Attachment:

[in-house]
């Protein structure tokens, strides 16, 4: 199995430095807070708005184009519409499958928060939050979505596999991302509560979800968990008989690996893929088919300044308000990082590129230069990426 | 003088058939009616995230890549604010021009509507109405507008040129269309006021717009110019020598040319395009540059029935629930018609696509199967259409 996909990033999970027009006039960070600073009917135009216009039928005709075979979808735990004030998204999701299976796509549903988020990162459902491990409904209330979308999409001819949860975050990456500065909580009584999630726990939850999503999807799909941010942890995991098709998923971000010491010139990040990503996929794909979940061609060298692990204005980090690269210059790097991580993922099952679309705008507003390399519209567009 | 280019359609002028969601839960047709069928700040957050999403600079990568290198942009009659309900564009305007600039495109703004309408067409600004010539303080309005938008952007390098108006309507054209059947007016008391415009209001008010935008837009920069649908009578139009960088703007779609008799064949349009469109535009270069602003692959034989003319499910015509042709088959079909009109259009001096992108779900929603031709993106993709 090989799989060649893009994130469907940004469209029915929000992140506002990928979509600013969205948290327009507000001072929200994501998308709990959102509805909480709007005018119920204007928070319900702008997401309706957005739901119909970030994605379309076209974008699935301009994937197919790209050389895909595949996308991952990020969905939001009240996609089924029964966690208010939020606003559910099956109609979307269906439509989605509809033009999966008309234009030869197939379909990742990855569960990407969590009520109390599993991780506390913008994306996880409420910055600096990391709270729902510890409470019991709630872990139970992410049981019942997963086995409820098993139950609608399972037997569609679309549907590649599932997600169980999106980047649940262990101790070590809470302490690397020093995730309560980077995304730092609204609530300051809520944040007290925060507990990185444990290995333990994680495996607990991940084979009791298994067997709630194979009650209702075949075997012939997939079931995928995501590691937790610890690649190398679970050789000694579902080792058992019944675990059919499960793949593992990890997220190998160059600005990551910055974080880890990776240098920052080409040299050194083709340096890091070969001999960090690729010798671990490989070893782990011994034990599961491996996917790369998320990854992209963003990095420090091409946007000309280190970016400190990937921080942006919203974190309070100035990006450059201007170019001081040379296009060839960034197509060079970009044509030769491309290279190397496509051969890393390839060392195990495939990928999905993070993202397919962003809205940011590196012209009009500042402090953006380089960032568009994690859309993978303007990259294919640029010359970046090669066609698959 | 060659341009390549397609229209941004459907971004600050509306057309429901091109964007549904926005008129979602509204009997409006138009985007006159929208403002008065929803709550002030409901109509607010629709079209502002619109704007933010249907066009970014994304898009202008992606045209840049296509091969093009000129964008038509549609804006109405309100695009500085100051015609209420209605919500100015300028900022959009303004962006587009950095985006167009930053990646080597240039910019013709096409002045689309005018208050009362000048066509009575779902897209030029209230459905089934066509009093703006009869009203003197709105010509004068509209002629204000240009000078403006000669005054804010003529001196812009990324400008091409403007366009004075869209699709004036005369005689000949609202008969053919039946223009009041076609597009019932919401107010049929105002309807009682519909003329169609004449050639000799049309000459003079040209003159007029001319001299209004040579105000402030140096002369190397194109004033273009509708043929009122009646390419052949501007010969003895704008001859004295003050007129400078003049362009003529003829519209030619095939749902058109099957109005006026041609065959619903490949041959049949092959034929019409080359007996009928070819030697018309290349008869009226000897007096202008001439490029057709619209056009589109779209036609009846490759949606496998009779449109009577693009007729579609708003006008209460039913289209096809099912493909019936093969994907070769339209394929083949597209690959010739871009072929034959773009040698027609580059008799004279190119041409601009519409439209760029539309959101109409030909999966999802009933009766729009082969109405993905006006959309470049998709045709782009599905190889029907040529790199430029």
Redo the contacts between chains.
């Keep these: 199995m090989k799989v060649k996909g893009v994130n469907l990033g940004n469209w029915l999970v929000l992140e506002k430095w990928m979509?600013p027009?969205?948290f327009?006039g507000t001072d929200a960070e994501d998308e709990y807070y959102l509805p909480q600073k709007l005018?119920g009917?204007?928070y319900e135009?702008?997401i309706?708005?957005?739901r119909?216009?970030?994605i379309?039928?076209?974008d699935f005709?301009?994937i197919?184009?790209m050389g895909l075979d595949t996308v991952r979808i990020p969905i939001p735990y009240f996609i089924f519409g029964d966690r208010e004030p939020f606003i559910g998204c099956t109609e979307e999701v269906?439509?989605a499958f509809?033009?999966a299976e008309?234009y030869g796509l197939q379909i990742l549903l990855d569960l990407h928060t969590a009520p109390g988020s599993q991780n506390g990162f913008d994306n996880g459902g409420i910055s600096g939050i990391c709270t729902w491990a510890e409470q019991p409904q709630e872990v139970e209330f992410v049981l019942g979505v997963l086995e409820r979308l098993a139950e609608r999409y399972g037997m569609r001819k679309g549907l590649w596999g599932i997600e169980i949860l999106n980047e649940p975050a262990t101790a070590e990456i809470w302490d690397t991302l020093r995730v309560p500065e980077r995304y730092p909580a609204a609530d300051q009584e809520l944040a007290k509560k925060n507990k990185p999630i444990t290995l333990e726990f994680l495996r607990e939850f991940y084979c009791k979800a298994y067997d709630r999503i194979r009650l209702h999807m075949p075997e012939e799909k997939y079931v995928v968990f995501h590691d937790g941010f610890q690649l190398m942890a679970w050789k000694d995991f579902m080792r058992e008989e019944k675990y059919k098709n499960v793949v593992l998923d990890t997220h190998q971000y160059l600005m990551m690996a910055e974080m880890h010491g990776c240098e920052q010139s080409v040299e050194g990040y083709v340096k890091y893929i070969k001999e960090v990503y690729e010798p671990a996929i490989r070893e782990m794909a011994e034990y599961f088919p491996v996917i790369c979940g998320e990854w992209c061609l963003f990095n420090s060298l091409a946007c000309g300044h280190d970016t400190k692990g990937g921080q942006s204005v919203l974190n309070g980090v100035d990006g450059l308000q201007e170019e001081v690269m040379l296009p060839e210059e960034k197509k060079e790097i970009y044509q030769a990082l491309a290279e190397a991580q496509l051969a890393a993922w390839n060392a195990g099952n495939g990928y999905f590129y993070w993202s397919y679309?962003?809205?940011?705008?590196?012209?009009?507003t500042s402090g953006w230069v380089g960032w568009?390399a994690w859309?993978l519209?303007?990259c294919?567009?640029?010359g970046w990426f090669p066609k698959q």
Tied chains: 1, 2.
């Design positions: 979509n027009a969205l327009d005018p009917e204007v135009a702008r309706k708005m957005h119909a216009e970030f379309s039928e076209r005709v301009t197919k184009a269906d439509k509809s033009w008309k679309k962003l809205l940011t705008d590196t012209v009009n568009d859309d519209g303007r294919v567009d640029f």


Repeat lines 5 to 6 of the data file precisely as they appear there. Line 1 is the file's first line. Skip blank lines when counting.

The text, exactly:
Tied chains: 1, 2.
């Design positions: 979509n027009a969205l327009d005018p009917e204007v135009a702008r309706k708005m957005h119909a216009e970030f379309s039928e076209r005709v301009t197919k184009a269906d439509k509809s033009w008309k679309k962003l809205l940011t705008d590196t012209v009009n568009d859309d519209g303007r294919v567009d640029f």